Hospitals Blamed for Most Antibiotic-Resistant Infections Not Agriculture

September 18, 2013

2 Min Read
Hospitals Blamed for Most Antibiotic-Resistant Infections Not Agriculture

Overprescribing antibiotics to Americans is fueling the rapid growth of antibiotic-resistant infections in the United States, according to a report released Monday by the Centers for Disease Control ( from CBS News.

More than two million people in the United States  get drug-resistant infections annually. About 23,000 die from these diseases that are becoming increasingly resistant to antibiotics in doctors' arsenals.

“It is not too late,” CDC director Tom Frieden said during a press conference. “If we're not careful, the medicine chest will be empty when we go there to look for a lifesaving antibiotic for someone with a deadly infection. If we act now, we can preserve these medications while we continue to work on lifesaving medications.”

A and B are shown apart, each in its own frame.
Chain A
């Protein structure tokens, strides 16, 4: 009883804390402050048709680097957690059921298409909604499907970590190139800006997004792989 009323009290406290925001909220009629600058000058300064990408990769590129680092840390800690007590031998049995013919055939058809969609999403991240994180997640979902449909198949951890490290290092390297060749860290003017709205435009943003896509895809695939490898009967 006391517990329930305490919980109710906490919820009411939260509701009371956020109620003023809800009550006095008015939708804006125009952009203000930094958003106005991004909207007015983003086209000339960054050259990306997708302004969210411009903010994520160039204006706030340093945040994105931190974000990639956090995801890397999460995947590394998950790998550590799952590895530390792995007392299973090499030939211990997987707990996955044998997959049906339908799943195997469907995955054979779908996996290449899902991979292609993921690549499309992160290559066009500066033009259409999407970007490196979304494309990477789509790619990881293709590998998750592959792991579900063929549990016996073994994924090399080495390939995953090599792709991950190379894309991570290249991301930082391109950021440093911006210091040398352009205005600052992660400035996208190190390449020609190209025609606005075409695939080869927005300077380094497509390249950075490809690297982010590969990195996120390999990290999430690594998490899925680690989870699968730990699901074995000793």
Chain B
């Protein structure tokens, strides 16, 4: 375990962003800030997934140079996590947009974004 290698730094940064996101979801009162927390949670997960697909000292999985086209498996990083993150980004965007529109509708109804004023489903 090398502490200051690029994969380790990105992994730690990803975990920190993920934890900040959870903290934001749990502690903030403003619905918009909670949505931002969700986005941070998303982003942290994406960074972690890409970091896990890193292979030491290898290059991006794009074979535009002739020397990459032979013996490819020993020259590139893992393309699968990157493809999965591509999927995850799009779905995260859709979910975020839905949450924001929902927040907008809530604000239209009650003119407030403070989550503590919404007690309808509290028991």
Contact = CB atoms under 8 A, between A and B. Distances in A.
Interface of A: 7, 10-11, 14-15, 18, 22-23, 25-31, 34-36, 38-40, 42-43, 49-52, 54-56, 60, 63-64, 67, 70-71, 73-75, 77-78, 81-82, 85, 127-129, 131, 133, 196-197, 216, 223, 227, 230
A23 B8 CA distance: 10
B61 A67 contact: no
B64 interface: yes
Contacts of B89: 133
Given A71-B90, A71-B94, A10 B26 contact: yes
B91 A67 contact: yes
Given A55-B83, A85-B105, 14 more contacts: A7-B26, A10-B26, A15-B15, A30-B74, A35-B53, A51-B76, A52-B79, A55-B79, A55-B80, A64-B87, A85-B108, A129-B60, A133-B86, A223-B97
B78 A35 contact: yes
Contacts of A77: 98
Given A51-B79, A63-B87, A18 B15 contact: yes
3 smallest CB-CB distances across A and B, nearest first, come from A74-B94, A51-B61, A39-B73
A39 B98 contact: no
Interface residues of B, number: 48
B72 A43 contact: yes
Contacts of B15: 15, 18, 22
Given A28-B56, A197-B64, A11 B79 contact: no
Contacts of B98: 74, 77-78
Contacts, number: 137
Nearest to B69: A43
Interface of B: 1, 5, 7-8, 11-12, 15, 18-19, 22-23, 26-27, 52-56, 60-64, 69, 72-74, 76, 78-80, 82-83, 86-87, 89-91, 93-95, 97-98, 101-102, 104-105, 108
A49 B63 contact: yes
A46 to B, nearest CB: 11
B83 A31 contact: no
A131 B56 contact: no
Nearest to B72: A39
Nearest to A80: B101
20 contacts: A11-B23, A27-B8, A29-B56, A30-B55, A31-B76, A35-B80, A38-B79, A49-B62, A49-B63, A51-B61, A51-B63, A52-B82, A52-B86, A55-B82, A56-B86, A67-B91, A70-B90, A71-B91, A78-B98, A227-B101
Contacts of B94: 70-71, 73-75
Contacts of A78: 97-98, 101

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Antibiotic resistance is costing the United States $20 billion in excess health care costs, with costs to society for lost productivity reaching as much as an additional $35 billion.

In April, the CDC estimated that enough antibiotics are prescribed each year for four out of five Americans to be taking them. Doctors and other health care providers prescribed 258 million courses of antibiotics in 2010 for a population just under 309 million. They also estimated in this current report that up to 50% of antibiotics are prescribed incorrectly or to people who do not need them.

Pediatricians have also urged doctors to avoid giving antibiotics unless they are absolutely necessary, especially for ear infections and sinusitis.

Read the full CDC report on antibiotic resistance at

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